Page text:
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Costa Rica – Delay in implementation of Costa Rica’s new tax rate

By - 19 November 2015

The Costa Rican Tax Administration has defended the delay in the implementation of a new tax rate on the gaming industry which was first passed in 2012 by the Legislative Assembly.

According to the head of the Tax office Carlos Vargas, the delay is due to the size of the project and he insisted that the new tax will be in effect in 2016. “We are establishing the appropriate census of taxpayers. It is an intense job which we are doing in partnership with the Ministry of Security,” he said.

His comments come after it was revealed in a report published by the Internal Audit Office of the Ministry of Finance that the list of gaming operators was outdated. According to figures released by the Treasury there were 52 licensed casinos, two of which were inactive.

However this figure does not tally with the data on file with the the Security Ministry which is the body responsible for the granting of licences. The Security Ministry has 48 registered casinos. Of these, 32 are authorised to operate, seven licenses are suspended, six have no permission to operate and three licences are out of date, according to data provided to local news portal La Nacion.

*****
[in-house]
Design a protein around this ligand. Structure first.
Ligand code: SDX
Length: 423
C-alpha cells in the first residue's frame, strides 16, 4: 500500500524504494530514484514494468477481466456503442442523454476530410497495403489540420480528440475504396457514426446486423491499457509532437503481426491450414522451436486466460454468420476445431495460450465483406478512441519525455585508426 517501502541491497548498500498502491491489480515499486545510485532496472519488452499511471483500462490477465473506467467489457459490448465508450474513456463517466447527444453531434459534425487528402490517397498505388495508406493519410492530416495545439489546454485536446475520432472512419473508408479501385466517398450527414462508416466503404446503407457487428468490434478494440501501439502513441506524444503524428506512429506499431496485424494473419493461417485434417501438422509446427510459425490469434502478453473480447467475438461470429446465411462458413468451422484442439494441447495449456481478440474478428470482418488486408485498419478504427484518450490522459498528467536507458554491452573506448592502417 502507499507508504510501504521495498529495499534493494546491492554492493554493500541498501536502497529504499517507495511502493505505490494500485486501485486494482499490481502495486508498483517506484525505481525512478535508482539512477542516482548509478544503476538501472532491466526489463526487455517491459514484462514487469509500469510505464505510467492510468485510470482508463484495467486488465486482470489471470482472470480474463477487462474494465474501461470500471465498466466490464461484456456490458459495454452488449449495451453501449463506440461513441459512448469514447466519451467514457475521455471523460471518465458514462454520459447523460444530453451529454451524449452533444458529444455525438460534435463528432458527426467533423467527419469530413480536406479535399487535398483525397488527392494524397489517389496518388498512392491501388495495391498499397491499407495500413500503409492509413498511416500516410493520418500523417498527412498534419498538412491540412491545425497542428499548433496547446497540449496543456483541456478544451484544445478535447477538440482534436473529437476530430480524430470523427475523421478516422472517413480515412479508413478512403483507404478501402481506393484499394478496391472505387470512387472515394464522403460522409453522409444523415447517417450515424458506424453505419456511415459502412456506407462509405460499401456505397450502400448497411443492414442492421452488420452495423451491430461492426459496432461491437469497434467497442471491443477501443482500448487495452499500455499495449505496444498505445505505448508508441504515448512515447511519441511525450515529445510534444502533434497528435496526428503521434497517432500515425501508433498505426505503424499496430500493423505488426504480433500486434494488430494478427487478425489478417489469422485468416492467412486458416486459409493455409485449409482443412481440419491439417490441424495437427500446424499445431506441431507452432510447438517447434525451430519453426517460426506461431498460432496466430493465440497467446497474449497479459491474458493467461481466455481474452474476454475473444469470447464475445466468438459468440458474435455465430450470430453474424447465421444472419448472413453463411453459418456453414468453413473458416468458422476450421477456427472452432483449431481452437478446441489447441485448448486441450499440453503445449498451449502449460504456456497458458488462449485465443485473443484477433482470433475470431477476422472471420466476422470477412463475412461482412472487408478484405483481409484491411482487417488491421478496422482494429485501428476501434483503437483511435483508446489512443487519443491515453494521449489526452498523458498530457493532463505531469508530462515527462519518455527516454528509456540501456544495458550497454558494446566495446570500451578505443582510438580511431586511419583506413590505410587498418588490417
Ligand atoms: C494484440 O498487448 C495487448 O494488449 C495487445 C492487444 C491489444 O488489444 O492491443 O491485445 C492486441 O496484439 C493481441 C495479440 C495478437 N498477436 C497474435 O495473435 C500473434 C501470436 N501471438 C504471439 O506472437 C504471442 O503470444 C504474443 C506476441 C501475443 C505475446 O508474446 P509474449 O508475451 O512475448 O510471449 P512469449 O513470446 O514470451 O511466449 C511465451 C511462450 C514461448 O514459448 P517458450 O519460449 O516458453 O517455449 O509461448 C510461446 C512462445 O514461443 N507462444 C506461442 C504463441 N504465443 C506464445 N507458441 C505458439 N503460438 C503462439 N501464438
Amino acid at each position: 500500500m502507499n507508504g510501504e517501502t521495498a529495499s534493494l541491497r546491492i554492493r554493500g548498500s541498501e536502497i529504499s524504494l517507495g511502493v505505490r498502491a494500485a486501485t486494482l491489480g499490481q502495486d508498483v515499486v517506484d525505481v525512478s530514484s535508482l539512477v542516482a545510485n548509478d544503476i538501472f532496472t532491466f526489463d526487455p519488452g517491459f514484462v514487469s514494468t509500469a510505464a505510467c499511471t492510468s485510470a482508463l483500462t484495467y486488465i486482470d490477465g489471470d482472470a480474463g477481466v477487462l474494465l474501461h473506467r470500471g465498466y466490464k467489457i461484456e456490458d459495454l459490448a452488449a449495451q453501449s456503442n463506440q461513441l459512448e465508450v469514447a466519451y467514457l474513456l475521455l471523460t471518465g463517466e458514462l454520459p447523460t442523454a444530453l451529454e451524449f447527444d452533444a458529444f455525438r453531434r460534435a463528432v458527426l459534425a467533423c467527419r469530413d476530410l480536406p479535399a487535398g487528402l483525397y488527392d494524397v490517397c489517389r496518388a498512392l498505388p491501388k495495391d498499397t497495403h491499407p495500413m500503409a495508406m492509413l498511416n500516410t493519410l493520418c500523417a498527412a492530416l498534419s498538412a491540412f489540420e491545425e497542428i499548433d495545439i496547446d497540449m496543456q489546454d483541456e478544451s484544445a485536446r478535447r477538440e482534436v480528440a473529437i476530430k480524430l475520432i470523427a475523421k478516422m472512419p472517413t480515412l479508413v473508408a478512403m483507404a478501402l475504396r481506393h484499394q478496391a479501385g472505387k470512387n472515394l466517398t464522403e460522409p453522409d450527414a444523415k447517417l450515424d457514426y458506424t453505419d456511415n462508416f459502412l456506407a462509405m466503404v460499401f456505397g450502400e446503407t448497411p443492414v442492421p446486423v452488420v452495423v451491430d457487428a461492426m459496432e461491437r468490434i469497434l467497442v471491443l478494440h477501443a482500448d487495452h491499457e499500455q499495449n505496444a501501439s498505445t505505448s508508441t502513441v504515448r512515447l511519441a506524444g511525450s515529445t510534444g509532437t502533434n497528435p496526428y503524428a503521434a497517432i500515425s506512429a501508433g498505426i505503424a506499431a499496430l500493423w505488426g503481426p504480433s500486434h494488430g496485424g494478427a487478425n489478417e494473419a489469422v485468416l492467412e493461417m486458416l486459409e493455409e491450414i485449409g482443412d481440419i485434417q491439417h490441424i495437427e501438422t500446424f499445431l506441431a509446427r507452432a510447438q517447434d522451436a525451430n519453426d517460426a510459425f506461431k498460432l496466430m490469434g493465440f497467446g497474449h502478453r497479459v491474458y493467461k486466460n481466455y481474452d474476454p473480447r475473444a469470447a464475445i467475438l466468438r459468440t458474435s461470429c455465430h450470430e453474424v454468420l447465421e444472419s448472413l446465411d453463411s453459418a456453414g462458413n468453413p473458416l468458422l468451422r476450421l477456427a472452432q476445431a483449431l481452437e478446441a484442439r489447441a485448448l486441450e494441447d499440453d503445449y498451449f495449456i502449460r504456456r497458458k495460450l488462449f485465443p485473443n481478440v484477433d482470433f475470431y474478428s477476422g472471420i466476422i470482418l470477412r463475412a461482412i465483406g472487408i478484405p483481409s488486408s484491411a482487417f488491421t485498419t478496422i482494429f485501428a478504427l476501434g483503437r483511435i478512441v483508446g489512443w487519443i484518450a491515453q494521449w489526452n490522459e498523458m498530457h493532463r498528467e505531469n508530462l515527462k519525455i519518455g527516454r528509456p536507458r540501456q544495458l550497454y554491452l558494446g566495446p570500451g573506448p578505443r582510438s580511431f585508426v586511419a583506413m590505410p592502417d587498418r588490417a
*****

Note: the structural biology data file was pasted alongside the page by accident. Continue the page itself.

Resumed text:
In 2011 the Costa Rican government began looking at casino gaming as a way to raise money in order to combat the rise of gang violence. Passed by 42 votes to 1 in 2012 the “Law on Casino Taxation.”

regulates both casinos and call betting centres in Costa Rica. According to the new law, casinos may only be permitted in hotels rated four stars and above. The law also raises taxes by imposing a 10 percent tax on net profits on all casinos in Costa Rica. In addition casinos must pay 60 per cent of the equivalent of a basic worker’s salary per table on the premises and 10 per cent per slot machine. This amounts to around US$430 per table and US$70 per slot machine. Additional income raised by the new tax will be used to improve prison infrastructure and the maintenance of equipment and material for the security forces.

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